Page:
On my last trip to Venice Beach, I handed out socks to homeless people as I always do. I always give each person a card with Invisible People’s information and how they can contact me, and information about our online support group. Usually, we don’t use last names, but for this video, we have to.
Meet Jessy Horvath.
Horvath is more common on the east coast. It’s rare to meet another Horvath on the west coast. For example, there is another Mark Horvath that lives in my hometown, but Jessy is the first Horvath I have met in Los Angeles.
Jessy is originally from San Jose. Jessy was on a disastrous path. Drinking and mental health caused her to end up on the streets. She says homelessness has made her a better person. Although I do not wish homelessness on anyone, I can agree that homelessness has made me a better person too.
Jessy and I have something else in common. Most of us don’t think twice about using a shopping cart (except when it has a squeaky wheel). Jessy says her pride will not allow her to push a shopping cart.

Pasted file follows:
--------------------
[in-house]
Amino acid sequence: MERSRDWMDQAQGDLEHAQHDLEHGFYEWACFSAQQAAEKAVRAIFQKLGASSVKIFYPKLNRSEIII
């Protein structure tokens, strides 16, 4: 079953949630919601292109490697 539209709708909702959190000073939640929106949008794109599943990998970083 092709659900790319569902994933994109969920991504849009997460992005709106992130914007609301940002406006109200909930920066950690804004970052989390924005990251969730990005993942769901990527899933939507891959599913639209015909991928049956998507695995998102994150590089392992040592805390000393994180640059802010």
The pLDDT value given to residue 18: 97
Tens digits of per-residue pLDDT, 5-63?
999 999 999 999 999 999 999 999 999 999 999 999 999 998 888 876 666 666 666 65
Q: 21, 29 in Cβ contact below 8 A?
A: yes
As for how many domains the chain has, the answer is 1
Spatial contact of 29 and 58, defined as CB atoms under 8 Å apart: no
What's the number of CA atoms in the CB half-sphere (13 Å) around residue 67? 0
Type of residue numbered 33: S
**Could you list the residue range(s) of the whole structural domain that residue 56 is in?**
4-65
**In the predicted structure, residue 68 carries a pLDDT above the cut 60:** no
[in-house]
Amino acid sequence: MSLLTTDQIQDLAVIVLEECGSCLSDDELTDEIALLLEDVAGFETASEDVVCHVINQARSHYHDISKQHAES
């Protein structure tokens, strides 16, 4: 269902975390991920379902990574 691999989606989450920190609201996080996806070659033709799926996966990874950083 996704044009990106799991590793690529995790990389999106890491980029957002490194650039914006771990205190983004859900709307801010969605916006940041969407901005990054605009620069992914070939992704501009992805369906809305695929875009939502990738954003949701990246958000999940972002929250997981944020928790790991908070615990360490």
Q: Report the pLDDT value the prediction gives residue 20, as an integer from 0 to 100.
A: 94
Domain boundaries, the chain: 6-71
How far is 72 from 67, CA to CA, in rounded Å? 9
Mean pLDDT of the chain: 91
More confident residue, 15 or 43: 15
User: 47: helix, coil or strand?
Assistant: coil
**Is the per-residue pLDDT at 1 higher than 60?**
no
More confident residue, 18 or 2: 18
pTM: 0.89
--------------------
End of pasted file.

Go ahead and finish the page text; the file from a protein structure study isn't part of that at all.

On the streets, a shopping cart is called a “buggy.” When I was homeless, I avoided “pushing a buggy” as long as I could. When that day finally came – when I had to get something from point A to Point B and had no other option but to use a shopping cart – I could no longer be in denial about my situation. I was homeless.
Jessy has a college degree. She is intelligent with a positive attitude. Jessy has been on the streets homeless for six years. That’s a long time. When someone like Jessy ends up sleeping without a home, we need to get them the help they need as quickly as possible. If we were able to see the beginning of each chronic homeless person’s path into homelessness, I believe we’d find many stories like Jessy’s. The longer someone sleeps outside, the harder it is to get them out of homelessness.